So in that cable, right in that cable, he he threw out the panic theory. But there were people who believed it. I didn't, for a lot of reasons. I didn't think the South Vietnamese would turn on us because Saigon was the last springboard. If the South Vietnamese turned on us, they had no place to go and no way to get out, and they knew that. And Saigon, therefore, remained very calm during the last few days of the war.
What's more, Saigon, unlike the other cities that had been evacuated earlier, in March and in April, had its air base isolated. It was surrounded by a military encampment. It would have been impossible for hordes of people to pour onto the runways, as happened in Da Nang and Nha Trang. So, panic didn't pose the danger to the airlift, even if there had been ah real panic. It wouldn't have posed such a danger as Martin thought.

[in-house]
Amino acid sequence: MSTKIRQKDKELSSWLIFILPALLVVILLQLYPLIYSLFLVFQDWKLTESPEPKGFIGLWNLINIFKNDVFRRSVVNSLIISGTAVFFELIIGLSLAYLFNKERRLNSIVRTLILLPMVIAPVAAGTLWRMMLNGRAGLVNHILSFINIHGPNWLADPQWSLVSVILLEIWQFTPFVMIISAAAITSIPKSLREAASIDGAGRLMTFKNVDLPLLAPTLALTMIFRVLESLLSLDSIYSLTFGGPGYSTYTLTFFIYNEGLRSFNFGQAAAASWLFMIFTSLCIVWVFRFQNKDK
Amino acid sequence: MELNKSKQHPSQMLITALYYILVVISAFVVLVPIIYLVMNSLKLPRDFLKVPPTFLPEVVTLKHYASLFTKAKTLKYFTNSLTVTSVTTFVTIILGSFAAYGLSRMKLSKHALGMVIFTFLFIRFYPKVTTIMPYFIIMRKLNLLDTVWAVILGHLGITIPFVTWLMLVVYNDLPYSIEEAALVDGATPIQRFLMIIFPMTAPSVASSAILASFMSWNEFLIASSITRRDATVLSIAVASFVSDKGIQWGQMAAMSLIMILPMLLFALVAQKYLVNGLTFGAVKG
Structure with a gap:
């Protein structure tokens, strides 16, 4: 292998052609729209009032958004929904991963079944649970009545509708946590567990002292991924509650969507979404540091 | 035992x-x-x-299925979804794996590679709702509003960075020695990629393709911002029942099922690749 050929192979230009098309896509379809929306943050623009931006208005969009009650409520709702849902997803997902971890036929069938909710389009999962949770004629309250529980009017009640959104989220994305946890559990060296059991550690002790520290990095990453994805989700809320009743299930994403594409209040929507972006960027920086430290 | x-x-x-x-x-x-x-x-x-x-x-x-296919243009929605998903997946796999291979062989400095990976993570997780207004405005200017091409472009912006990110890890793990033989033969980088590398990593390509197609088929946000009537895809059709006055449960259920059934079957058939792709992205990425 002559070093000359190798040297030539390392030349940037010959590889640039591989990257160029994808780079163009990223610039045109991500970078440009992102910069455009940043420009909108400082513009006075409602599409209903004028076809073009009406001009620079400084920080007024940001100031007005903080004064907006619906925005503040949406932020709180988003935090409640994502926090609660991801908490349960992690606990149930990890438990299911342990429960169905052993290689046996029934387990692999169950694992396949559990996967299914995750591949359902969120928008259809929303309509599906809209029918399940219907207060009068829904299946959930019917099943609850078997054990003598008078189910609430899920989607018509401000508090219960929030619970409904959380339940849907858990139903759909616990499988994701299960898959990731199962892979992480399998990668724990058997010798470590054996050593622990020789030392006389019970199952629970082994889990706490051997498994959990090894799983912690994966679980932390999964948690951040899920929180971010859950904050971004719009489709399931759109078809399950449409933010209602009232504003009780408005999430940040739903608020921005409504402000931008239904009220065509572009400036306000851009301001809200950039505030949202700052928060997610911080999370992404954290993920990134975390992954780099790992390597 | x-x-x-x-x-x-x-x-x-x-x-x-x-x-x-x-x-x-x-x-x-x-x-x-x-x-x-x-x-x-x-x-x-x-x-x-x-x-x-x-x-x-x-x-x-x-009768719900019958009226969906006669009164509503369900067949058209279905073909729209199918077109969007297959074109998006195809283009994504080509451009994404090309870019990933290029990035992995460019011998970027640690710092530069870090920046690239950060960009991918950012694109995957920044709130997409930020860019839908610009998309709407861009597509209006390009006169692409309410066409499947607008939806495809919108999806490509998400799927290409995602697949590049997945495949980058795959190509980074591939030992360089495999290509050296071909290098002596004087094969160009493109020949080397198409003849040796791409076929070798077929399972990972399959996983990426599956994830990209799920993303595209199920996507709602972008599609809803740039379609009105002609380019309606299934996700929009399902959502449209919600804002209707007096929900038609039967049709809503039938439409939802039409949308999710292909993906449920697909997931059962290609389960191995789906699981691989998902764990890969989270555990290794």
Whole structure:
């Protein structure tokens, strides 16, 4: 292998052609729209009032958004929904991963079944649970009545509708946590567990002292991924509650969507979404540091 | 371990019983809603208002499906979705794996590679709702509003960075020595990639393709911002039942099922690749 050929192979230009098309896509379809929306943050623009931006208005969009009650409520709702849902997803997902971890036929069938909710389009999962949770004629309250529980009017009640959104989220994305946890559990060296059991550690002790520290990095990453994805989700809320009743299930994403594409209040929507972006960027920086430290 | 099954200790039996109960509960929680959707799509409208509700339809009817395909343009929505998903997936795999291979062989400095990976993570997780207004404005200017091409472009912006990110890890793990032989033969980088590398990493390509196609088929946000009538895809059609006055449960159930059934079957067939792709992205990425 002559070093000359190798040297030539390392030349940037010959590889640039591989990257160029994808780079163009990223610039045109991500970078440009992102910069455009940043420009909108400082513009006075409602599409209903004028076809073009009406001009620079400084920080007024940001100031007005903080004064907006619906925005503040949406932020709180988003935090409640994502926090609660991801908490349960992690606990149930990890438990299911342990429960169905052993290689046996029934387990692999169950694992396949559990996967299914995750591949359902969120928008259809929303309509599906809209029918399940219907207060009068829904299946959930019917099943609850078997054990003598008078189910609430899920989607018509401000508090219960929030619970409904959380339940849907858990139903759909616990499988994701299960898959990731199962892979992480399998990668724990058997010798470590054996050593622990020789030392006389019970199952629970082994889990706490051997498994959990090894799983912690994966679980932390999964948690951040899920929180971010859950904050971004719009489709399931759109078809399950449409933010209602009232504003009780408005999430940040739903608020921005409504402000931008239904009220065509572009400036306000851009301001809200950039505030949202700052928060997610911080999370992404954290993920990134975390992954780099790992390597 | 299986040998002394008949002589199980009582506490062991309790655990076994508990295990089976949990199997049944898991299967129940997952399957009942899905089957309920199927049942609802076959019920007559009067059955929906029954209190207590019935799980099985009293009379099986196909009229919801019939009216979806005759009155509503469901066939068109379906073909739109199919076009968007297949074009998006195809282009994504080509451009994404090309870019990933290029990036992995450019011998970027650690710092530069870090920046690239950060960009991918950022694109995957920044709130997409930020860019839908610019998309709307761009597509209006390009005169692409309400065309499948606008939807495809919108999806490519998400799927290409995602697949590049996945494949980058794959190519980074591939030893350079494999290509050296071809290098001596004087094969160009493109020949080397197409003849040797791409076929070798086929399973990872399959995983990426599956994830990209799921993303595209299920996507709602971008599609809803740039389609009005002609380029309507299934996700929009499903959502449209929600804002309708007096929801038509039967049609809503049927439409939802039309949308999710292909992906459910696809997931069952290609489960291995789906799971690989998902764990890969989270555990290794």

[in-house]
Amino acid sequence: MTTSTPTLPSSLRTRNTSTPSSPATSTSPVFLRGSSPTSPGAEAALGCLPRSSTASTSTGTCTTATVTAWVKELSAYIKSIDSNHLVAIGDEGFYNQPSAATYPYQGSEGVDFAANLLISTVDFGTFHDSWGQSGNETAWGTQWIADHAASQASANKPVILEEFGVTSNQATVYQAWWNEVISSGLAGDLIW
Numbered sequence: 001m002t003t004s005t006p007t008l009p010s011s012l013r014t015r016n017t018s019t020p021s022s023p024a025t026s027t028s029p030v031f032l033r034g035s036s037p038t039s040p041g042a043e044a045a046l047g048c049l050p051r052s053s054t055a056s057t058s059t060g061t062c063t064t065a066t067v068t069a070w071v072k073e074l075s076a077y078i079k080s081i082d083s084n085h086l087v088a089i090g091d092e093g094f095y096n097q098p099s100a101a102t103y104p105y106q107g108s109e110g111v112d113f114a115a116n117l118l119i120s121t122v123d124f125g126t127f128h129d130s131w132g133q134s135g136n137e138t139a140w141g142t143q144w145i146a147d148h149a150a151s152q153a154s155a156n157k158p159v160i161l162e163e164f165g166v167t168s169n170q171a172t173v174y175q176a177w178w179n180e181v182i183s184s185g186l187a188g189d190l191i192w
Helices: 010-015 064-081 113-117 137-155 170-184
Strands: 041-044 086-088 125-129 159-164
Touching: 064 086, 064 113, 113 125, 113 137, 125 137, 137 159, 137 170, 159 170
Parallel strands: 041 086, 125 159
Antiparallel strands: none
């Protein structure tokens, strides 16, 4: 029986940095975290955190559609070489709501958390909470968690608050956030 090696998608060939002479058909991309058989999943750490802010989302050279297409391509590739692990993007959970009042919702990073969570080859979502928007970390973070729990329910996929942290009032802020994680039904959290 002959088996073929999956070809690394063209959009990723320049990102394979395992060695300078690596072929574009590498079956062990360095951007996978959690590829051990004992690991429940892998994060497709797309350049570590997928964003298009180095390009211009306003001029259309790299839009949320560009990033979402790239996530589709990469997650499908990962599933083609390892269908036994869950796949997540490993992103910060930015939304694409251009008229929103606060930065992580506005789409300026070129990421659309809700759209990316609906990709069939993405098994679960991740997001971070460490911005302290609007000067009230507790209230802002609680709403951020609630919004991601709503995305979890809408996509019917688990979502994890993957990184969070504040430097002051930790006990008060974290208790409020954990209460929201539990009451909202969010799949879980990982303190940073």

Interviewer:
What groups of people that you consider "high risk" didn't get out? Could you give me a list of the kind of failures we had?
Snepp:
The South Vietnamese Special Police were trained by the CI. Most of their middle-ranking cadre did not get out at least 400 of their top-ranking cadre in Saigon. They were in imminent jeopardy. There were numbers of people who had worked with us in the Phoenix Program probably 30,000 South Vietnamese had worked with us in the Phoenix Program during the war and very few of them got out. The Montagnards who had worked with the CI throughout the war these hill people in the mountainous highlands of Vietnam were in imminent jeopardy and almost none of them got out, and their numbers are incalculable.